I am notorious for my inability to take a compliment, and this piece probably explains the larger reason for that.
“Not just a pretty face”…not “good job”, not “well done”, not “keep it up, and I’ll be out of a job soon (in good jest of course)”, not even “wow, beautiful and smart” but “not just a pretty face”. Truth is, I’m not so pretty to begin with, but thanks for noticing me…I think.
I wonder, does flattery need to be shallow and slightly insulting even? Need it be ridden with clichés that permeate common civility, so much so that the purpose of fraternisation becomes questionable? What was ever the purpose of cordiality? Was it truly to mitigate human correspondence, or to keep up some façade of civility? Back to this piece though, women are referred to as the ‘fairer sex’, but when it overshadows the variety of potential that we house as a specific demographic, I doubt the phrase was ever sincere.
Not even in the aesthetic industry, are women unjudged. Not in management therein, in production, in direction, nor actually in performing arts. Irony aside, it is hypocrisy!
You find these beautiful women so distracting, so ‘woo-ing’, well fine…watch, but, yes, they’ll charge a pretty penny for it and, no, it does not make them available to you or any of your whims. And then, when you see what was made on the last album contract alone, you judge society for supporting ‘profanity’, ‘indecency’, ‘immorality’ etc..
These women are talented, and yes they can be titillating here and there, but a lot of their work, at least during early-career years, is geared towards capitalizing off of the entire spectrum of society ranging from perverts to connoisseurs. Why there’re still so many perverts? I don’t know, and I wish there weren’t, if only because, then, I’d only have to cover up from natural elements. Not that covering up ever hid a woman well enough from any kind of abuse, though. But what else do we do when we garner unwanted attention, especially when we are younger, still growing physically and therefore still adjusting into ourselves, more naïve to the world? We shy away and nurse in private, and with time, once we have ascended our platforms (should we ever), we can only endeavour to make our voices heard and environments more conducive for others like us. And yes, it is true for any under-represented demographic. However, taking into consideration that we form almost half of societies everywhere, gender-inequality both professionally and socially speaking is simply wasteful.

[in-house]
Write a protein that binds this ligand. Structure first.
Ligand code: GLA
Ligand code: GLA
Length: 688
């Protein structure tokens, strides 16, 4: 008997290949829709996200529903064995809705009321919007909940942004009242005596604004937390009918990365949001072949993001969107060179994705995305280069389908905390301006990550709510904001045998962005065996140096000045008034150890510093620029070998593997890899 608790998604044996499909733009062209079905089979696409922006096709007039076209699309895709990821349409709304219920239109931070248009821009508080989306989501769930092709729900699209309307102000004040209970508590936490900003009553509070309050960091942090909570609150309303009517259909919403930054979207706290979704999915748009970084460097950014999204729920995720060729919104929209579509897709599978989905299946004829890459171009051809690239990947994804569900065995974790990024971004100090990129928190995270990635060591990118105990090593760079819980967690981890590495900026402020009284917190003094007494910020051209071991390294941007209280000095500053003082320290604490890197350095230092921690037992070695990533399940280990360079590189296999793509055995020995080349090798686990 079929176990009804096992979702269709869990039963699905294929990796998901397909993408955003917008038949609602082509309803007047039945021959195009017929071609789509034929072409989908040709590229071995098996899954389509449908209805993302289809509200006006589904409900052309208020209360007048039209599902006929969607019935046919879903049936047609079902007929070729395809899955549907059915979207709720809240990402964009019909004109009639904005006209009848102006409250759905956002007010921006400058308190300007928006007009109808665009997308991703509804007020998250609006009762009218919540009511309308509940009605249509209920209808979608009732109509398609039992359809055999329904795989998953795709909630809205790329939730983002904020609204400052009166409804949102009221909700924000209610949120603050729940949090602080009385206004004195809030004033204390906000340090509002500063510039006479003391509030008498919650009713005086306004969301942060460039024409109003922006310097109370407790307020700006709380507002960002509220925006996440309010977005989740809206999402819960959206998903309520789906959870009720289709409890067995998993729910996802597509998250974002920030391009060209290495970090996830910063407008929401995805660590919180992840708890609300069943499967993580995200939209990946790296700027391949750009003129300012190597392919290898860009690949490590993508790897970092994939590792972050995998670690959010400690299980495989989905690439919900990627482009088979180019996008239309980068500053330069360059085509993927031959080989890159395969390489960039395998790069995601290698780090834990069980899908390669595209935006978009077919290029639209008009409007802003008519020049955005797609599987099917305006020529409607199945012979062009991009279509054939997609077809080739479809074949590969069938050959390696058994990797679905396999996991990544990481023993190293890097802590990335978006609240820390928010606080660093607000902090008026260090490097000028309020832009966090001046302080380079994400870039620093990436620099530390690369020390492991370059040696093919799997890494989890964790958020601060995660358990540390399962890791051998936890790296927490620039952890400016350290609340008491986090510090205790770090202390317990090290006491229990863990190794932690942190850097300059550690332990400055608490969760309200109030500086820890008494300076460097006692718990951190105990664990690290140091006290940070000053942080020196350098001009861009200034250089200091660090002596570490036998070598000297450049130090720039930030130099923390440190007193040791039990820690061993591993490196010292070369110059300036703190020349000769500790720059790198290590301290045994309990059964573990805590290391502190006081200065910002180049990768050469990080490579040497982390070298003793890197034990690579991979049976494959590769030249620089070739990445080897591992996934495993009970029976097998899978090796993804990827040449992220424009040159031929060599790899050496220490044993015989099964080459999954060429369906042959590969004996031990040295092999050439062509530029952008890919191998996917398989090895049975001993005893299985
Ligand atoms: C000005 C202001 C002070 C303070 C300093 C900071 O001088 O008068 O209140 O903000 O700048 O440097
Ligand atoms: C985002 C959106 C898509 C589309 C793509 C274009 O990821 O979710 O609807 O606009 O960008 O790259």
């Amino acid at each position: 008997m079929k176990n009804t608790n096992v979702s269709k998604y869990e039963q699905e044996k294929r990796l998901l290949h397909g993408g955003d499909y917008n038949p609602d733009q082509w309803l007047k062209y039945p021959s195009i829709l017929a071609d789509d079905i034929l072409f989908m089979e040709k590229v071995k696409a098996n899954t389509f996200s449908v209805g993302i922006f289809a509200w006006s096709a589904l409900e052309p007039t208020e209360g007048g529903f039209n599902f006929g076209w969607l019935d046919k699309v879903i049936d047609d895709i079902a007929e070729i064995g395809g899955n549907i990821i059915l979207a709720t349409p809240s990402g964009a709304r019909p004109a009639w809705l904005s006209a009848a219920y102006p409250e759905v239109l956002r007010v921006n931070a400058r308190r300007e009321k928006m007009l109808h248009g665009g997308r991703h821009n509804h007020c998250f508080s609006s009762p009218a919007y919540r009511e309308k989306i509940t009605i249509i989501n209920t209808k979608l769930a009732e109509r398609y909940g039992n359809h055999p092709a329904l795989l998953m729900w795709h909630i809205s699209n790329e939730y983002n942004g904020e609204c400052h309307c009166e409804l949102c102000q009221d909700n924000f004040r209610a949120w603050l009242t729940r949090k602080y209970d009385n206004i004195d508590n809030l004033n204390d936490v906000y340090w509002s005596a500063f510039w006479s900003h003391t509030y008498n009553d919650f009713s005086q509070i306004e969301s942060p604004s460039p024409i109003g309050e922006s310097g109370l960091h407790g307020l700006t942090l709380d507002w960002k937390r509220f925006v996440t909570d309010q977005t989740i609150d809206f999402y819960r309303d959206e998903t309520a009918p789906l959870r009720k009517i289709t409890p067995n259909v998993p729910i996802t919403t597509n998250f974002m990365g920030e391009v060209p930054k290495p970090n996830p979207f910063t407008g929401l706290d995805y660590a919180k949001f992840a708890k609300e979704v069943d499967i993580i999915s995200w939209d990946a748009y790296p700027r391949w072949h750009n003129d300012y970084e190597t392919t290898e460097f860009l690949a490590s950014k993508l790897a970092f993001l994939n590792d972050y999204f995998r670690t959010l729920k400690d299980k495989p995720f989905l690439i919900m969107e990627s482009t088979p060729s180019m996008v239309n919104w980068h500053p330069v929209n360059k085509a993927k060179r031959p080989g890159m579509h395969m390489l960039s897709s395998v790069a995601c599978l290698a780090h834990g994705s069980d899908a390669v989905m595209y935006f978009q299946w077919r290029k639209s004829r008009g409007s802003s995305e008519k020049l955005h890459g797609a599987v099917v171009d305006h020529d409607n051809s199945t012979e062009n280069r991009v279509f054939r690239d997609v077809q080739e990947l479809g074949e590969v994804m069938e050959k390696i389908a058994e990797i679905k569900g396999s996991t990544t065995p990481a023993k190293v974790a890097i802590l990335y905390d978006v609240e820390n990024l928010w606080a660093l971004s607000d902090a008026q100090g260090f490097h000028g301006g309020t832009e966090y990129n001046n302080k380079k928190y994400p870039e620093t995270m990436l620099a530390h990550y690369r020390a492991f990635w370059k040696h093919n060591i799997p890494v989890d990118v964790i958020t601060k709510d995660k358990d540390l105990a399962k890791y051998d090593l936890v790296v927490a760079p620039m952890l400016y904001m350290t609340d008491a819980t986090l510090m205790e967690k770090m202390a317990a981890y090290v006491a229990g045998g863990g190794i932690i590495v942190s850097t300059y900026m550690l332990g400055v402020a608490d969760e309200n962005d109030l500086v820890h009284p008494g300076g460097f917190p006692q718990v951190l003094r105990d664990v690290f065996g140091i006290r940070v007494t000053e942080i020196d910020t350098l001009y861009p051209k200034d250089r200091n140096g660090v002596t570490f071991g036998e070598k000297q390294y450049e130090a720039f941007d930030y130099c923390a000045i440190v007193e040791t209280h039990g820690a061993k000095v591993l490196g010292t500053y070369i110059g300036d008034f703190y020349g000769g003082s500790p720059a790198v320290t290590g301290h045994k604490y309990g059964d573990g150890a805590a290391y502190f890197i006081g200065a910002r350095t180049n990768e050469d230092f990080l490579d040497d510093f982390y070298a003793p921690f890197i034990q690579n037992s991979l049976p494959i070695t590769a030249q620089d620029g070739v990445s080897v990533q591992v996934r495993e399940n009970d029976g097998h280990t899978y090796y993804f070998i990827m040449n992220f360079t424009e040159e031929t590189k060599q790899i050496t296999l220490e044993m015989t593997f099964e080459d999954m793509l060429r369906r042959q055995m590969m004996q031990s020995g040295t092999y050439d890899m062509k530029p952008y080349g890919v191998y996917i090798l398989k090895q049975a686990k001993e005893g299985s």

My real issue with it though, again, as redundant as this is pertaining to this piece alone, is the reduction of a woman to whatever you perceive literally at face value. Not only are the inferred women making a good living in entertainment, they often participate in society more constructively than most. They propagate the idea that hard work pays off. Vocal training is one thing, but learning even one dance routine, and getting it right in costume, on set, with background dancers can take days if not weeks. That, on top of the track and vocals, which when paired with the snipped cinematography, makes one music video on one album of one rendition of one song, which is usually up to 4 minutes long. In addition to that, they do give to charities and social programmes. Even if the latter is directed towards arts education or community centres, it is more than most of us ever think about. Having said that, most people do not see the arts as too much more than, again, an image propagated in a few minutes worth of entertainment by a chart topper. I know I’m almost going in circles myself here, but when does the judgement halt long enough to at least air the entire picture and story?! The least one can do, before propagating some simplistic over-arching character butchery of women in the arts especially, is inform themselves thoroughly first. But no, that’s too much effort that’s clearly better spent ripping someone to shreds verbally, because they had the audacity to market themselves so well that you couldn’t ignore them. Just in case I was being too subtle, I was in fact sarcastic in the previous sentence.
On a more general note, it’s amazing how much of language itself, even if it is just ‘something they say’, is actually gender-biased/degrading. And the truth is, that is how a lot of ideologies are either created or made common. Essentially, it’s the basis for a woman’s face value and unfortunately not specific to assessing fashion models.
Jackson Katz: Violence Against Women It’s a Men’s Issue
More popular common phrases:
“Rule of thumb”, which almost sounds like the right hand rule in electromagnetics. Yes, I was that oblivious to the ‘subtleties’ in language that were propagating and preserving archaic ideologies that truly do shape a woman’s world. The number of times I must’ve used that phrase in the kitchen alone…sounding so insightful about cooking when in reality I can barely boil an egg. The feeling is betrayal, when I see myself in an image so gorily stereotypical, that a woman be in the back, cooking with instructions and methods as common as a law specifying the limits of an instrument that a man may brutalize his wife with. P.S. not sure why exactly there was ever a denial of such a law, but bearing in mind how history dwindles into mythology and fiction, I’d take every precaution to look past such dismissiveness. As far as I know, there are in fact records of such legalities in legal literature.